Well, these are my observations for that Tuesday night at the strip between Alrozorov and Shaul Ha'melech on Iben Gvirol. Good luck with your thoughts about "terrible acts"... AmiV @ Tel Aviv Read More...
Wednesday, October 1, 2008
In Israel unlike the United States all employees are either covered under a collective bargaaining agreement or a private contract. In both cases they are protected under Israel labor laws and enforced by the various labor courts.
The National Labor Relations Board that enforces the labor laws of the United States only has juristiction to enforce collective bargaining agreements that involve wages, hours, and conditions of employment. If you have a private contract you are left to file your complain in a regular civil court. These cases usually take a longer time to resolve and you have judges who are not expert in labor law.
In Israel your right are protected whether your coutract is negotiated by a labor union or a personal contract. These cases are resolved in a relativly short period of time. Also unlike the U.S> failure to pay wages may be a crime in Israel. Consult your lawyer, you may have a better case than you think. It's safe to work in Israel where the rights are protected.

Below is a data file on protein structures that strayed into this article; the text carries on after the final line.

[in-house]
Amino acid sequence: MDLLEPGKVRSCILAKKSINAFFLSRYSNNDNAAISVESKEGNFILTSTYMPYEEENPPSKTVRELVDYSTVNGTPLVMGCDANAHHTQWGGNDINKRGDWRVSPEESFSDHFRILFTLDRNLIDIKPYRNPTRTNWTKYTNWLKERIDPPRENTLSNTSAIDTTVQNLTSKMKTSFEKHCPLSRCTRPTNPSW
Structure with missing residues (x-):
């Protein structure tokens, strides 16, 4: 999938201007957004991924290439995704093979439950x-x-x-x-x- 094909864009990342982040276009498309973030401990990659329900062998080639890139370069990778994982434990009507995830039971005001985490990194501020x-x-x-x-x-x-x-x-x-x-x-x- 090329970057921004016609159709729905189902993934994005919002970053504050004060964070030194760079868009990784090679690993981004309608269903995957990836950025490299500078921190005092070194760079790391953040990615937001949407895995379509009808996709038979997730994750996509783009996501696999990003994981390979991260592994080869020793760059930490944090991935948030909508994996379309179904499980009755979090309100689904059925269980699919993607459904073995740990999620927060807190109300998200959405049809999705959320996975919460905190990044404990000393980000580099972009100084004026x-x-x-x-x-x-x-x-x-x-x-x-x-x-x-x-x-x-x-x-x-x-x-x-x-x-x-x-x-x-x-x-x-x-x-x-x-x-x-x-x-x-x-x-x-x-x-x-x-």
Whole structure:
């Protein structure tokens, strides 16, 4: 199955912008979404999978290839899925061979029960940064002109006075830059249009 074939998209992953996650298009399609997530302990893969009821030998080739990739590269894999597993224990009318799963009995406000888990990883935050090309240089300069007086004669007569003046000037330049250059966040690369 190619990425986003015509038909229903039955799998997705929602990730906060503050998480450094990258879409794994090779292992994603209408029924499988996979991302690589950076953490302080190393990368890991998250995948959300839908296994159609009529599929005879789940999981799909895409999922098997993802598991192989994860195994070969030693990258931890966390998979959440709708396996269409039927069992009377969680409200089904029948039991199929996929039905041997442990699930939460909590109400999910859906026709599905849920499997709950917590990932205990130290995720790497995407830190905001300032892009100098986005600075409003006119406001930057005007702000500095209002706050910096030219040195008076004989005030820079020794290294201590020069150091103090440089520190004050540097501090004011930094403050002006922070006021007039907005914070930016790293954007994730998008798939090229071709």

Enjoy your life and work in Israel -- sam-D-man @ TLV Read More...
Every morning I go to my mail box to get my morning paper. It's 6:15 AM, I kiss my wife goodbye and reach for my Jerusalem Post. I say to myself, "now I will read how the sky is falling". Unfortunately the daily alert is not the only "Daily Gevalt." there is CNN, BBC, ABC, NBC and CBS among others.
Editor: The 'Daily Gevalt' is a regular column in the Jerusalem post. This is what sam-D-man is writing here about.
The media only know the 'I Gevalts' you write in your article. The blog (http://israeltomorrow.blogspot.com) has it's I's, but these are 'I Tovs'. Tel Aviv which is a microcosm for the country has plenty of positive. There is grand opera, concerts, plays, movies, a cafe society, restaurants, high fashion, beautiful women, hot bars, good clubs, and hot sex. This country also offers a sound economy (5% growth the last year), low inflation, and goods from all over the world at reasonable prices. Sorry we have 10 Tovs (good things in Hebrew / Yiddish) maybe 11, you may also visit our wet lands (which are being re-flooded in an effort to make Israel a more ecologically sustainable environment).
We have the most beautiful beaches with the neatest developed ports in the world. You won't get in trouble for naming your teddy bear. Israel has a first world legal system. Our tourists stay in first class hotels. We offer a great outdoors of parks, nature reserves, amusement parks, and other place to explore. Everybody know about the religious stuff - now let's join together and tell everybody the rest of the "stuff". There will be peace in our time, look us up and tell your friends. Love your country Israel we're here for you...
-- sam-D-man @ TLV Read More...